In July 2016 — with a very welcome degree of frankness and honesty that I have not seen from other top-level road safety bodies in the USA — the Center for Disease Control [CDC] wrote: “…more than 32,000 people are killed and 2 million are injured each year from motor vehicle crashes. In 2013, the US crash death rate was more than twice the average of other high-income countries… Motor vehicle crash deaths in the US are still too high. There were more than 32,000 crash deaths in the US in 2013…” [Source]
However, since the figure of 32,719 deaths for 2013 became known, the number of road deaths has catapulted upwards and the National Safety Council [NSC] now estimates that 40,200 people were killed on America’s roads in 2016, which will represent a frankly catastrophic, 23 percent increase in just three years.
Despite the CDC’s refreshing frankness, however, there was still one aspect of their associated document which, from any layman reader’s perspective, would appear to significantly play-down the scale of the situation, and this is implied in the graphic shown below.
To be fair, the two other illustrations on the same page did carry explanatory notes regarding the overall numbers of countries to which they referred, which is infinitely preferable. See page 3 of the July 2016 edition of VitalSigns.
It can also be said that while the CDC statement about “the US crash death rate [being] more than twice the average of other high-income countries,” it can be argued that it is even more valid and revealing to state that the USA rate of road deaths is more than four-times worse than the per-capita rates in the leading nations, and three-times worse in the per-vehicles rate, and that if the USA made itself able to match those leading nations, between 20,000 and 25,000 American lives would be saved, each and every year.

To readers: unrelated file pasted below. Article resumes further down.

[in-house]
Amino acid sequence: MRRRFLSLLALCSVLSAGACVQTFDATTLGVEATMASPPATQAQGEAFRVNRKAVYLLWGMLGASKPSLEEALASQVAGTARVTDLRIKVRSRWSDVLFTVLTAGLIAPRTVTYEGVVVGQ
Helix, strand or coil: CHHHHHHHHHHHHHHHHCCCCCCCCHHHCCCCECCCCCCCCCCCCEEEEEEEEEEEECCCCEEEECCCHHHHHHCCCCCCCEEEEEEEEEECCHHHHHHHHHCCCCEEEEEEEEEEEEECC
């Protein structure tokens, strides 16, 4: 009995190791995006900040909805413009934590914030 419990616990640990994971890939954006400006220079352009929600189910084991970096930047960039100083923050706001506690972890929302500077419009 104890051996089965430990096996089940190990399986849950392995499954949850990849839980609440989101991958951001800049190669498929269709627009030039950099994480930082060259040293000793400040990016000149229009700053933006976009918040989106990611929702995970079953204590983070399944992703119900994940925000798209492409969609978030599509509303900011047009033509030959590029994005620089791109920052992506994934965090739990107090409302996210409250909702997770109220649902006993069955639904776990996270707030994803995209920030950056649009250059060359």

The other topic that needs to be mentioned while we are on this subject is that while the USA is justifiably focusing on the biggest known causes of road deaths, it appears to be stunningly intransigent regarding other significant factors. It can be argued that this is logical and that the specific things which cause most deaths — such as excessive speed, drunk driving, and failing to wear seat belts — should be the priority. This may well be true insofar as the priority aspect, but given just how far the USA lags behind so many other countries and the fact that America’s situation is currently worsening dramatically by the year, it must now be time to widen the remit regarding which international best-practices should be emulated, over and above the five biggest killers — a currently rather narrow focus which clearly is not working anywhere near well-enough.